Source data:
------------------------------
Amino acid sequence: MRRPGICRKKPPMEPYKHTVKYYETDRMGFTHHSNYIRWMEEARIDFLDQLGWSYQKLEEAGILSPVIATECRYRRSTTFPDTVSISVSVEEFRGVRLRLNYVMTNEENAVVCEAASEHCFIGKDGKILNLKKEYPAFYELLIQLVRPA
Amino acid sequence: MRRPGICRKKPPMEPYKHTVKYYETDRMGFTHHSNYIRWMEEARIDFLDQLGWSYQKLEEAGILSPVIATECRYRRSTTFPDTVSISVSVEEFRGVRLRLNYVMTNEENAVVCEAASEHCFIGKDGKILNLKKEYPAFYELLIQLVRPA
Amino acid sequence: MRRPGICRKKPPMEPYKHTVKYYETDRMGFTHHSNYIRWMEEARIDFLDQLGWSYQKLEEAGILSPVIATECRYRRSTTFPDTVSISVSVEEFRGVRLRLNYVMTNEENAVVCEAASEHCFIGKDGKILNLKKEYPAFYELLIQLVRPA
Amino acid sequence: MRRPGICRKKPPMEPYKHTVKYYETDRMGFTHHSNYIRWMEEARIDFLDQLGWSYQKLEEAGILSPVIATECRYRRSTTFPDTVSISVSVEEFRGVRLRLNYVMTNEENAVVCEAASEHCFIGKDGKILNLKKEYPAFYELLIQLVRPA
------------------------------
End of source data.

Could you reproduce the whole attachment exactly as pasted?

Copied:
Amino acid sequence: MRRPGICRKKPPMEPYKHTVKYYETDRMGFTHHSNYIRWMEEARIDFLDQLGWSYQKLEEAGILSPVIATECRYRRSTTFPDTVSISVSVEEFRGVRLRLNYVMTNEENAVVCEAASEHCFIGKDGKILNLKKEYPAFYELLIQLVRPA
Amino acid sequence: MRRPGICRKKPPMEPYKHTVKYYETDRMGFTHHSNYIRWMEEARIDFLDQLGWSYQKLEEAGILSPVIATECRYRRSTTFPDTVSISVSVEEFRGVRLRLNYVMTNEENAVVCEAASEHCFIGKDGKILNLKKEYPAFYELLIQLVRPA
Amino acid sequence: MRRPGICRKKPPMEPYKHTVKYYETDRMGFTHHSNYIRWMEEARIDFLDQLGWSYQKLEEAGILSPVIATECRYRRSTTFPDTVSISVSVEEFRGVRLRLNYVMTNEENAVVCEAASEHCFIGKDGKILNLKKEYPAFYELLIQLVRPA
Amino acid sequence: MRRPGICRKKPPMEPYKHTVKYYETDRMGFTHHSNYIRWMEEARIDFLDQLGWSYQKLEEAGILSPVIATECRYRRSTTFPDTVSISVSVEEFRGVRLRLNYVMTNEENAVVCEAASEHCFIGKDGKILNLKKEYPAFYELLIQLVRPA